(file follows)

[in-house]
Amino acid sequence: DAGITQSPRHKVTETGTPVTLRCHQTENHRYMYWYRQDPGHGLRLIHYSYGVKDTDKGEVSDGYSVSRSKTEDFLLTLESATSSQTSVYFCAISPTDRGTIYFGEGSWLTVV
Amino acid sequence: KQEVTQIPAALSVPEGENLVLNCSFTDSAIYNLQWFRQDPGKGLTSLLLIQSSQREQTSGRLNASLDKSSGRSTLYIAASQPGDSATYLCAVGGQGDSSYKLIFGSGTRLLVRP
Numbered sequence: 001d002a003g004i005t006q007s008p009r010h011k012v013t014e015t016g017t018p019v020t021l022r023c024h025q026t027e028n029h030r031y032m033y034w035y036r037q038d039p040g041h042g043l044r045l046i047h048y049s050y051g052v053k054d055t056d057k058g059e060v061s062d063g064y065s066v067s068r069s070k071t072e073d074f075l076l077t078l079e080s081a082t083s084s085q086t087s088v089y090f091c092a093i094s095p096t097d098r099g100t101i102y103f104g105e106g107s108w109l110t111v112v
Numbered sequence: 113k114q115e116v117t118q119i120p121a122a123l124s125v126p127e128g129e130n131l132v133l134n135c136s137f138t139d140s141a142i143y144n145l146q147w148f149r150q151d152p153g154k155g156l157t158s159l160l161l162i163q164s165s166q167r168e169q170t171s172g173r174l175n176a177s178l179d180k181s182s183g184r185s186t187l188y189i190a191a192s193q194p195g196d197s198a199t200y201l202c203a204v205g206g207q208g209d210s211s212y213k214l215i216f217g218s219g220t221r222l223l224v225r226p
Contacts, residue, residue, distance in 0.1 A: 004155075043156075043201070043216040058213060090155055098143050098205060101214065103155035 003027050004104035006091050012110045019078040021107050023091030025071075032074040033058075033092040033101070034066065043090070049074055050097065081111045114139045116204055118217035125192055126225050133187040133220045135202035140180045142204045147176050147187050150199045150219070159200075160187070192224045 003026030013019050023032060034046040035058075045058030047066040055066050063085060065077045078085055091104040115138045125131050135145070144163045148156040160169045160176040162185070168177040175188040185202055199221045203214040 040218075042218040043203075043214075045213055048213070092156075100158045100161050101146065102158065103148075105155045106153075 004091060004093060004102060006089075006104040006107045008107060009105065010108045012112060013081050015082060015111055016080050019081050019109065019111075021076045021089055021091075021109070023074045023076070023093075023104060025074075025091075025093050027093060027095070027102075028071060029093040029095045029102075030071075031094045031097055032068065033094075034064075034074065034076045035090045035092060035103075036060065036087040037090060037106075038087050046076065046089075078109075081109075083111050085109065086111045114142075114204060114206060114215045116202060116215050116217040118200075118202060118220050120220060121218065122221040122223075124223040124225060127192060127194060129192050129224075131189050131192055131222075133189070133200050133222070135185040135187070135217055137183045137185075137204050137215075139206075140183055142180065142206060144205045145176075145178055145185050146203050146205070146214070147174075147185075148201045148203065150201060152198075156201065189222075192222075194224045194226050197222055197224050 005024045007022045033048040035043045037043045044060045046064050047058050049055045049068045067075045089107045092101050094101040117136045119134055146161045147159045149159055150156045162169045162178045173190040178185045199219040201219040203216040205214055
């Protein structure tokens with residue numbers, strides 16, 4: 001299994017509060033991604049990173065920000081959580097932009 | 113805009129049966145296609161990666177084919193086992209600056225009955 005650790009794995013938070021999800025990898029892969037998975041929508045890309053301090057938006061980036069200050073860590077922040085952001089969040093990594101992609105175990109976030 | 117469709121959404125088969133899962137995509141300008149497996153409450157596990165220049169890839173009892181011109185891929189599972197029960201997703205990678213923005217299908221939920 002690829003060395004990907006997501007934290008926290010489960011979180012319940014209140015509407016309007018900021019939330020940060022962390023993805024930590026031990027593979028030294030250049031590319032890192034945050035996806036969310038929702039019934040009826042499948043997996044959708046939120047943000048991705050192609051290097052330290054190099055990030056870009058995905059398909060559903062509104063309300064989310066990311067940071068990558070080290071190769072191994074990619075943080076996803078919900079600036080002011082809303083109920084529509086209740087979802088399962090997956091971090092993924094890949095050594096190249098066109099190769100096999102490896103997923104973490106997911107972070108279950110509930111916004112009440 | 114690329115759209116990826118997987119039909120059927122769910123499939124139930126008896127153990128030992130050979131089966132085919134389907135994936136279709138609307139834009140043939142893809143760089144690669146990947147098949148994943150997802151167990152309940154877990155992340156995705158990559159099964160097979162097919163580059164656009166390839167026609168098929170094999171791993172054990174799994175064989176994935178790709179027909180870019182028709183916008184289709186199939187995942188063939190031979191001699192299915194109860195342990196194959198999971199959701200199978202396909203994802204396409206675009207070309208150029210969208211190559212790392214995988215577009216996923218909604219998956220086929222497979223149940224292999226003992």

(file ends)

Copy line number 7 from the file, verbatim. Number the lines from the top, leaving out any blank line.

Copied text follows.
């Protein structure tokens with residue numbers, strides 16, 4: 001299994017509060033991604049990173065920000081959580097932009 | 113805009129049966145296609161990666177084919193086992209600056225009955 005650790009794995013938070021999800025990898029892969037998975041929508045890309053301090057938006061980036069200050073860590077922040085952001089969040093990594101992609105175990109976030 | 117469709121959404125088969133899962137995509141300008149497996153409450157596990165220049169890839173009892181011109185891929189599972197029960201997703205990678213923005217299908221939920 002690829003060395004990907006997501007934290008926290010489960011979180012319940014209140015509407016309007018900021019939330020940060022962390023993805024930590026031990027593979028030294030250049031590319032890192034945050035996806036969310038929702039019934040009826042499948043997996044959708046939120047943000048991705050192609051290097052330290054190099055990030056870009058995905059398909060559903062509104063309300064989310066990311067940071068990558070080290071190769072191994074990619075943080076996803078919900079600036080002011082809303083109920084529509086209740087979802088399962090997956091971090092993924094890949095050594096190249098066109099190769100096999102490896103997923104973490106997911107972070108279950110509930111916004112009440 | 114690329115759209116990826118997987119039909120059927122769910123499939124139930126008896127153990128030992130050979131089966132085919134389907135994936136279709138609307139834009140043939142893809143760089144690669146990947147098949148994943150997802151167990152309940154877990155992340156995705158990559159099964160097979162097919163580059164656009166390839167026609168098929170094999171791993172054990174799994175064989176994935178790709179027909180870019182028709183916008184289709186199939187995942188063939190031979191001699192299915194109860195342990196194959198999971199959701200199978202396909203994802204396409206675009207070309208150029210969208211190559212790392214995988215577009216996923218909604219998956220086929222497979223149940224292999226003992």